But then Bro ran into language obstables.

“After six months they got a new producer. I still remember his words, ‘It’s not a Sabahan radio’. Because I’m talking in Sabahan. He said, What is NDAK?  For us, NDAK is NO. Seems like TIDAK, but it’s Sabahan. KAU is you, for Sabahan it’s normal, but for them it’s very rude. Then 2 or 3 times, when I’m on air, they will ask me to stop. “My friends said, ‘No need to go on air over there, we will just make our own Sabahan radio’. That’s the start of it. “We took 2 to 3 days surfing the web for Sabahan websites, then we found  At that time, the followers on the forum were only over 1,000. A little less than 2,000, I met the founder, Abang Lang. They worked hard with me to make a proper server, and then April 4th 2009, we managed to set up SabahanFM.

“In the day, they play music from a randomized autorun, then at night, it’ll be my time. 9pm to 12 midnight for three months. I was so tired. I said, ‘Boss we need to take new DJs’. He said, ‘Okay. You train them’. We trained Jason, Ayu Stitch and Iter Sylvester for 2-3 days, then they made their own style. Later we trained DJ Black, DJ Sumandak [cousin of Joanna Rampas].”

Bro Langau picked indie demos as his identifier music.

“The new DJs with us, Jason, Ayu and Iter, they got their own identity. Jason and Iter promote KadazanDusun music, and Ayu promotes solo women singers. But me, I got no local identity. The demos was my way. I thought, why not? We got local bands why not promote them?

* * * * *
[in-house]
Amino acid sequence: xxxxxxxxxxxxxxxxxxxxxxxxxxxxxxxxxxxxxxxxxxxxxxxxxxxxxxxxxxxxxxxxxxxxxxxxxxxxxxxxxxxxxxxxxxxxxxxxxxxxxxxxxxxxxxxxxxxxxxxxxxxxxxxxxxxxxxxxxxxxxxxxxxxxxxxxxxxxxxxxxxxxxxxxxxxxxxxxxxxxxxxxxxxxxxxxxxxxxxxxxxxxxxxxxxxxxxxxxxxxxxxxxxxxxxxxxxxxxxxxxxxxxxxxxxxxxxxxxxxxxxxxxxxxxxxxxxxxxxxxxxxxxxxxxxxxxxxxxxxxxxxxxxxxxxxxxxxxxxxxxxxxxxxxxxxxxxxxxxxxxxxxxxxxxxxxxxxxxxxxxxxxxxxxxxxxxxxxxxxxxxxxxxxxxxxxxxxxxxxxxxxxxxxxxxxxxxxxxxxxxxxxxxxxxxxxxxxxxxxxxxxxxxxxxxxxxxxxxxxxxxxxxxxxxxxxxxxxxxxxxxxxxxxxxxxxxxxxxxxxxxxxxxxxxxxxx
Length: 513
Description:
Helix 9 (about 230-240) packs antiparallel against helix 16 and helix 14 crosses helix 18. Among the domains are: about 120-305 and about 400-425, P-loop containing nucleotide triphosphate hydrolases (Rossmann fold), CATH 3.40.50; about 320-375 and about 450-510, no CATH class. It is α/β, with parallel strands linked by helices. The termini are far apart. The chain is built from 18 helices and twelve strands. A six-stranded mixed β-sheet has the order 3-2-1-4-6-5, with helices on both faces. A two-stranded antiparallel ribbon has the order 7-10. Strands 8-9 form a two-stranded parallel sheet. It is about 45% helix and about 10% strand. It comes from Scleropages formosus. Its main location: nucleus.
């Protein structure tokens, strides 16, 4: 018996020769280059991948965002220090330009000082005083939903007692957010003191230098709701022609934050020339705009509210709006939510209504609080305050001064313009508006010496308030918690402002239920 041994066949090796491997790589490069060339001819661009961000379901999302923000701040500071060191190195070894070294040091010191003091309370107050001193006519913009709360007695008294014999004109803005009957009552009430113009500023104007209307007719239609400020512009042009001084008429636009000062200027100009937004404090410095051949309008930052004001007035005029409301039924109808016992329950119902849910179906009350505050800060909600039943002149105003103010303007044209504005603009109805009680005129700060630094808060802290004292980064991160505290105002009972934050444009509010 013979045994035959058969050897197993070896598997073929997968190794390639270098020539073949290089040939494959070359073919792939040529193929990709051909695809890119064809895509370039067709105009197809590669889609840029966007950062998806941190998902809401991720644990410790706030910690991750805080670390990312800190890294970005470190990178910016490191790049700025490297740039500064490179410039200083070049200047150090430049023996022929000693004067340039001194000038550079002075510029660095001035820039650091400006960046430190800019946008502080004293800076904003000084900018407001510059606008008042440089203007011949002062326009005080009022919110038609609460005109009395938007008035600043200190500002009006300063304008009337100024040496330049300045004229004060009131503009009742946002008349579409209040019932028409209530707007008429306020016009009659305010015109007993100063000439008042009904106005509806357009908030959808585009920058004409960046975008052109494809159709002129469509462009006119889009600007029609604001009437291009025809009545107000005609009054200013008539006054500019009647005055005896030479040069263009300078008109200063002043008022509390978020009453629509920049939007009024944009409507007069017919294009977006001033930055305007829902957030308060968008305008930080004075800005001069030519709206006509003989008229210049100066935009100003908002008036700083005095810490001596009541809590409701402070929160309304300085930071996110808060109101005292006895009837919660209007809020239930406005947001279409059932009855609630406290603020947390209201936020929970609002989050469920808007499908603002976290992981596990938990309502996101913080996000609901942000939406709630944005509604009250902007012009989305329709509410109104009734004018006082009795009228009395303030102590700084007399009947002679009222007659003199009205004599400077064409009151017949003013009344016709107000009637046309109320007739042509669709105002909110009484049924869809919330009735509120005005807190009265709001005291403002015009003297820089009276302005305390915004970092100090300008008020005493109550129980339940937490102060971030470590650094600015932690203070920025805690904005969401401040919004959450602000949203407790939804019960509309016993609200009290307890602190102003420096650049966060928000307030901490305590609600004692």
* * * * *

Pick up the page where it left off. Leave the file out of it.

“My first stuff from Indie bands was from The Frontman Company. That was the first demo I ever played! Then I learned about a couple of bands from them. It was difficult to locate band, because Facebook was not that big at the time.

“Then one day at work, my boss asked me to send a report to a government office in Asia City. Afterwards I went to Moe’s Music. The person said, ‘We don’t have any stuff here, but try to get some from Wave, another jamming studio’. They give me some names, then I found Apple Studio, and got some things from them. “Someone told me, ‘Open a MySpace account and you will see lots of bands’. So I did, and I saw a lot of bands over there. I sent them messages, and they replied by phone, by email, getting more and more until now.

“Now they contact me through Facebook. Now they don’t want to send their music through the email. They want to give me their demo and put it in my hand. I say, ‘No need! Send email!’ They say, ‘No, I want to see you’.”

Although Bro is working to help musicians share their music, he is modest about his own knowledge. “I don’t know anything about music.  I’m jahil about music. I don’t know what key or what chord. Sometimes the bands, they ask me to see them perform. I ask, ‘What are you pressing on your leg?’. They say, ‘It’s called Effect’. Then they show me.

“Lots of composers want me to see them mix the music.  Right now i don’t have the time, but one day I want to do this. Go inside a studio, especially Chris (Pereira), see how they mix a song.” eventually became SabahanFM. Bro Langau is now moving on.